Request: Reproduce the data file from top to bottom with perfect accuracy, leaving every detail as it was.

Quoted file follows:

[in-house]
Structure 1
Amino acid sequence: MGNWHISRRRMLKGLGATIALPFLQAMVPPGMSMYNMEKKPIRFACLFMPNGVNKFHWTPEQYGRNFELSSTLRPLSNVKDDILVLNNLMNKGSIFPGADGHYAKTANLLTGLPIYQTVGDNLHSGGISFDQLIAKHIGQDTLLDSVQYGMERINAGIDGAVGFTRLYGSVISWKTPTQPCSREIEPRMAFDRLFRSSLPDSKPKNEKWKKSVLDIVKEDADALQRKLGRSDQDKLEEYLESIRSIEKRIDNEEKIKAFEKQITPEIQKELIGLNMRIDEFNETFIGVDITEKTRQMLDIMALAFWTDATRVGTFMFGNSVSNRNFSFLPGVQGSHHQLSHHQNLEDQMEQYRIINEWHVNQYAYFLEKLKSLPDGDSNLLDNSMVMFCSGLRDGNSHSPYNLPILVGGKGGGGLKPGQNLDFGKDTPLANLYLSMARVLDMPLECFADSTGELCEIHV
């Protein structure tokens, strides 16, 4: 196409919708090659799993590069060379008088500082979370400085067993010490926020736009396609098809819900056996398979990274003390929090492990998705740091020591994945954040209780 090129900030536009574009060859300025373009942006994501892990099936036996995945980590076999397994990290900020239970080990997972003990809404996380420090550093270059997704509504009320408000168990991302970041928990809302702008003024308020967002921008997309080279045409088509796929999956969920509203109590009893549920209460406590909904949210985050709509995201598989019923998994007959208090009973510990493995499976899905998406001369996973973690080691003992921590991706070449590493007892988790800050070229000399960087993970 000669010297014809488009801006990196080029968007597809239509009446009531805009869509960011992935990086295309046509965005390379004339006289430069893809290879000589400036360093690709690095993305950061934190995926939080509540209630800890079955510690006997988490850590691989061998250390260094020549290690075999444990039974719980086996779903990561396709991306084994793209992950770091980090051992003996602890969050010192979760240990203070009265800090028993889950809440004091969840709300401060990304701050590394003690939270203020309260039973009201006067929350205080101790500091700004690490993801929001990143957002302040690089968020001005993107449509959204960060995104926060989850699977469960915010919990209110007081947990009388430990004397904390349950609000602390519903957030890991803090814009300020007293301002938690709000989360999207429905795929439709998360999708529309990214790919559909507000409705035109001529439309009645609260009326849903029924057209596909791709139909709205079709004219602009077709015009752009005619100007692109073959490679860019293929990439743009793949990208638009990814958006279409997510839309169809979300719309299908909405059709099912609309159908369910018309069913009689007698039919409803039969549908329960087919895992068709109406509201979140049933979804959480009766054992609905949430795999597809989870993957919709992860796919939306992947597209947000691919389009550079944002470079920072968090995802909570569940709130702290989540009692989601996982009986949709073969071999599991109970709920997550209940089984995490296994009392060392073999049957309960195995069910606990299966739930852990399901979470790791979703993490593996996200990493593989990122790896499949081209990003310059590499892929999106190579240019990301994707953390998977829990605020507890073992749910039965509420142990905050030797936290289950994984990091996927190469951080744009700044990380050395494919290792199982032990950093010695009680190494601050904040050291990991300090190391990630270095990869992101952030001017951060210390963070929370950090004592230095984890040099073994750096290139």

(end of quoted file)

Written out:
[in-house]
Structure 1
Amino acid sequence: MGNWHISRRRMLKGLGATIALPFLQAMVPPGMSMYNMEKKPIRFACLFMPNGVNKFHWTPEQYGRNFELSSTLRPLSNVKDDILVLNNLMNKGSIFPGADGHYAKTANLLTGLPIYQTVGDNLHSGGISFDQLIAKHIGQDTLLDSVQYGMERINAGIDGAVGFTRLYGSVISWKTPTQPCSREIEPRMAFDRLFRSSLPDSKPKNEKWKKSVLDIVKEDADALQRKLGRSDQDKLEEYLESIRSIEKRIDNEEKIKAFEKQITPEIQKELIGLNMRIDEFNETFIGVDITEKTRQMLDIMALAFWTDATRVGTFMFGNSVSNRNFSFLPGVQGSHHQLSHHQNLEDQMEQYRIINEWHVNQYAYFLEKLKSLPDGDSNLLDNSMVMFCSGLRDGNSHSPYNLPILVGGKGGGGLKPGQNLDFGKDTPLANLYLSMARVLDMPLECFADSTGELCEIHV
């Protein structure tokens, strides 16, 4: 196409919708090659799993590069060379008088500082979370400085067993010490926020736009396609098809819900056996398979990274003390929090492990998705740091020591994945954040209780 090129900030536009574009060859300025373009942006994501892990099936036996995945980590076999397994990290900020239970080990997972003990809404996380420090550093270059997704509504009320408000168990991302970041928990809302702008003024308020967002921008997309080279045409088509796929999956969920509203109590009893549920209460406590909904949210985050709509995201598989019923998994007959208090009973510990493995499976899905998406001369996973973690080691003992921590991706070449590493007892988790800050070229000399960087993970 000669010297014809488009801006990196080029968007597809239509009446009531805009869509960011992935990086295309046509965005390379004339006289430069893809290879000589400036360093690709690095993305950061934190995926939080509540209630800890079955510690006997988490850590691989061998250390260094020549290690075999444990039974719980086996779903990561396709991306084994793209992950770091980090051992003996602890969050010192979760240990203070009265800090028993889950809440004091969840709300401060990304701050590394003690939270203020309260039973009201006067929350205080101790500091700004690490993801929001990143957002302040690089968020001005993107449509959204960060995104926060989850699977469960915010919990209110007081947990009388430990004397904390349950609000602390519903957030890991803090814009300020007293301002938690709000989360999207429905795929439709998360999708529309990214790919559909507000409705035109001529439309009645609260009326849903029924057209596909791709139909709205079709004219602009077709015009752009005619100007692109073959490679860019293929990439743009793949990208638009990814958006279409997510839309169809979300719309299908909405059709099912609309159908369910018309069913009689007698039919409803039969549908329960087919895992068709109406509201979140049933979804959480009766054992609905949430795999597809989870993957919709992860796919939306992947597209947000691919389009550079944002470079920072968090995802909570569940709130702290989540009692989601996982009986949709073969071999599991109970709920997550209940089984995490296994009392060392073999049957309960195995069910606990299966739930852990399901979470790791979703993490593996996200990493593989990122790896499949081209990003310059590499892929999106190579240019990301994707953390998977829990605020507890073992749910039965509420142990905050030797936290289950994984990091996927190469951080744009700044990380050395494919290792199982032990950093010695009680190494601050904040050291990991300090190391990630270095990869992101952030001017951060210390963070929370950090004592230095984890040099073994750096290139």